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Prioritizing Bills

You’re responsible for paying all of your expenses on time. If you miss payments now, you’ll have to make them up in the future. But when you don’t have enough money to cover your needs and obligations, you may have to make a short-term plan to get through the month.

Sometimes your plan may involve paying some bills late or missing a bill. When bill collectors are calling or you’re trying to decide which of your obligations to pay first, it can sometimes just seem easiest to pay the “squeakiest wheel” – but this might not be the best approach. Sometimes you may need to ignore the squeaky wheel for a short time while you pay for necessities and build a plan for repayment.

What to do

What to do
1

Read through the list of expenses

Identify what you need to pay to protect your housing and income, keep your insurance and meet any court-ordered obligations.

2

Make a list of bills

Read through the items that apply to you and write down the monthly amount of each bill. It's okay to estimate if this amount changes from month to month.

3

Prioritize your bills

If you can't pay all your bills at once, think about the order you pay them in. Weigh the risks of not paying each one, then number them in the order you want to pay them, based on priority.

 

Consider
    Consider...
 

Things I need for a job

  • Transportation to get to work
  • Equipment or uniform
  • Childcare

If you miss a car payment, you may have to pay a late fee. You risk possible repossession of your car, a negative entry on your credit record and lowered credit scores.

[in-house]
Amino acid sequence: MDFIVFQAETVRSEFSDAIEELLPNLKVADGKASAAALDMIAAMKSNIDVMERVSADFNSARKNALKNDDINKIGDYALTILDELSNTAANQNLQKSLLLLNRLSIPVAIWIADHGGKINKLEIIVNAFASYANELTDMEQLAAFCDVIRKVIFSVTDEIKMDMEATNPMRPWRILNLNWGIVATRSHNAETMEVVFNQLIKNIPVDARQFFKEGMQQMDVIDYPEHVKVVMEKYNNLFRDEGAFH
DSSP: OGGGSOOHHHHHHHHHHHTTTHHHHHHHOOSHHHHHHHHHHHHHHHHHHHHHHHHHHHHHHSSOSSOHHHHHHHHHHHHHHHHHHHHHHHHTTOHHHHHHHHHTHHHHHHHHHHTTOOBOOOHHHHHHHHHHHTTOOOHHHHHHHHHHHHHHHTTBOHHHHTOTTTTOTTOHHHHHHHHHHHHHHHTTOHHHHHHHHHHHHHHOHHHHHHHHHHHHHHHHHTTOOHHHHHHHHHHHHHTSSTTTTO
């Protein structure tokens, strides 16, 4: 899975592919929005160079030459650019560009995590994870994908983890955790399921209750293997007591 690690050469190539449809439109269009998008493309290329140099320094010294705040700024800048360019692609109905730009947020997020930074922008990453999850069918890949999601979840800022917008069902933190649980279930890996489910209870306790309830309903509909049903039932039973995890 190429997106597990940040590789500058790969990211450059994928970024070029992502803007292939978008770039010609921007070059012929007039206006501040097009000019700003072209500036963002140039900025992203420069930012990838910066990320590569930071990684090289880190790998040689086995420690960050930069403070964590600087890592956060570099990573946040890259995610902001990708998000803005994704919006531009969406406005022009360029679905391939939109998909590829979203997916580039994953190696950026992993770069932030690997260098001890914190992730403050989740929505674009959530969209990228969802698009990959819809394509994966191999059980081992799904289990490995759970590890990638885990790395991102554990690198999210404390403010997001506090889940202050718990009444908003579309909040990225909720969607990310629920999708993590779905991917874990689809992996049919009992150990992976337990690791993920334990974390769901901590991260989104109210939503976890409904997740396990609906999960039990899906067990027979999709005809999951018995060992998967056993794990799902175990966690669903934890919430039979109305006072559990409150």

If your car is repossessed, you might have trouble getting to work and risk losing your job.

 

Insurance I need to pay

  • Car insurance
  • Health insurance
  • Renters or home insurance

Not having insurance may mean you can't drive your car, and it puts your assets, including your health and your family's health, at risk.

 

Things I need for housing

  • Rent, mortgage or property taxes
  • Gas, electric
  • Water, garbage, sewer

If you're late with rent, you may have to pay a late fee, risk possible eviction, and strain your relationship with your landlord.

If you don't pay your utility bills, they may get cut off. Utility companies may charge fees to get reconnected.

 

Obligations I have to pay

  • Credit cards
  • Loans
  • Child support
  • Court-ordered fines and fees

If you're late with your credit card payment, you may have to pay a late fee. You also risk a negative entry on your credit record, lowered credit scores and higher interest rates.

If you don't pay court-ordered obligations, like child support, you may face legal consequences.

 

Prioritizing Bills Workbook
Download this fillable PDF to help you manage issues when you can't pay bills on time.

 

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